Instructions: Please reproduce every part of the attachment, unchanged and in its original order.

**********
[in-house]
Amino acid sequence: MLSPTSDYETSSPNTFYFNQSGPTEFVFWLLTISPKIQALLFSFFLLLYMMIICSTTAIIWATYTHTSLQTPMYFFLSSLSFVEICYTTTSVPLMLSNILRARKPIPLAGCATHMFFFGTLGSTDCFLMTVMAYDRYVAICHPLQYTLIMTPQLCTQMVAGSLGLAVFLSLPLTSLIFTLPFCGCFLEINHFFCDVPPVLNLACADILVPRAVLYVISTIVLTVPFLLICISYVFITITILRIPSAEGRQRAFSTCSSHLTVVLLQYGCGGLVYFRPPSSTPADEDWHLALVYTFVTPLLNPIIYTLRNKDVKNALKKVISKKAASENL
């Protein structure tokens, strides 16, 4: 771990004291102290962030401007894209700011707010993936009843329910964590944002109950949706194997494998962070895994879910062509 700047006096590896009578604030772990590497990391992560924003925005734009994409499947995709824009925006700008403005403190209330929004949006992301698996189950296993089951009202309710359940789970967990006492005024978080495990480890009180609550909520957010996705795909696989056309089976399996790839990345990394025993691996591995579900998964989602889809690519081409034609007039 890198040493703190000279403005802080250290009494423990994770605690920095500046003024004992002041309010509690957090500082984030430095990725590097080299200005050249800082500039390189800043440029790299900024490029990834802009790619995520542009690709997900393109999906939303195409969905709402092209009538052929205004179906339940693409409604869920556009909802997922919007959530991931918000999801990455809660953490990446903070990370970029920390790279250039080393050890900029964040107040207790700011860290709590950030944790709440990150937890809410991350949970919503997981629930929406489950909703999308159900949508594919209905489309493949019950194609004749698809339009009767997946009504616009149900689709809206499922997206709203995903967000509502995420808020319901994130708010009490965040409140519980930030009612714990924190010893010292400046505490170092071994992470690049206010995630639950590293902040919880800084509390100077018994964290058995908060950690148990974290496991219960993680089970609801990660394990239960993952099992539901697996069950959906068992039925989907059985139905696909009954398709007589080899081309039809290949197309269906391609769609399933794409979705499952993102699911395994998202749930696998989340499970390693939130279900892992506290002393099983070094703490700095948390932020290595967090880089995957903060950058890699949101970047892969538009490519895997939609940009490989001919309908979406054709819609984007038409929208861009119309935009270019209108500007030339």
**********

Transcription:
[in-house]
Amino acid sequence: MLSPTSDYETSSPNTFYFNQSGPTEFVFWLLTISPKIQALLFSFFLLLYMMIICSTTAIIWATYTHTSLQTPMYFFLSSLSFVEICYTTTSVPLMLSNILRARKPIPLAGCATHMFFFGTLGSTDCFLMTVMAYDRYVAICHPLQYTLIMTPQLCTQMVAGSLGLAVFLSLPLTSLIFTLPFCGCFLEINHFFCDVPPVLNLACADILVPRAVLYVISTIVLTVPFLLICISYVFITITILRIPSAEGRQRAFSTCSSHLTVVLLQYGCGGLVYFRPPSSTPADEDWHLALVYTFVTPLLNPIIYTLRNKDVKNALKKVISKKAASENL
């Protein structure tokens, strides 16, 4: 771990004291102290962030401007894209700011707010993936009843329910964590944002109950949706194997494998962070895994879910062509 700047006096590896009578604030772990590497990391992560924003925005734009994409499947995709824009925006700008403005403190209330929004949006992301698996189950296993089951009202309710359940789970967990006492005024978080495990480890009180609550909520957010996705795909696989056309089976399996790839990345990394025993691996591995579900998964989602889809690519081409034609007039 890198040493703190000279403005802080250290009494423990994770605690920095500046003024004992002041309010509690957090500082984030430095990725590097080299200005050249800082500039390189800043440029790299900024490029990834802009790619995520542009690709997900393109999906939303195409969905709402092209009538052929205004179906339940693409409604869920556009909802997922919007959530991931918000999801990455809660953490990446903070990370970029920390790279250039080393050890900029964040107040207790700011860290709590950030944790709440990150937890809410991350949970919503997981629930929406489950909703999308159900949508594919209905489309493949019950194609004749698809339009009767997946009504616009149900689709809206499922997206709203995903967000509502995420808020319901994130708010009490965040409140519980930030009612714990924190010893010292400046505490170092071994992470690049206010995630639950590293902040919880800084509390100077018994964290058995908060950690148990974290496991219960993680089970609801990660394990239960993952099992539901697996069950959906068992039925989907059985139905696909009954398709007589080899081309039809290949197309269906391609769609399933794409979705499952993102699911395994998202749930696998989340499970390693939130279900892992506290002393099983070094703490700095948390932020290595967090880089995957903060950058890699949101970047892969538009490519895997939609940009490989001919309908979406054709819609984007038409929208861009119309935009270019209108500007030339």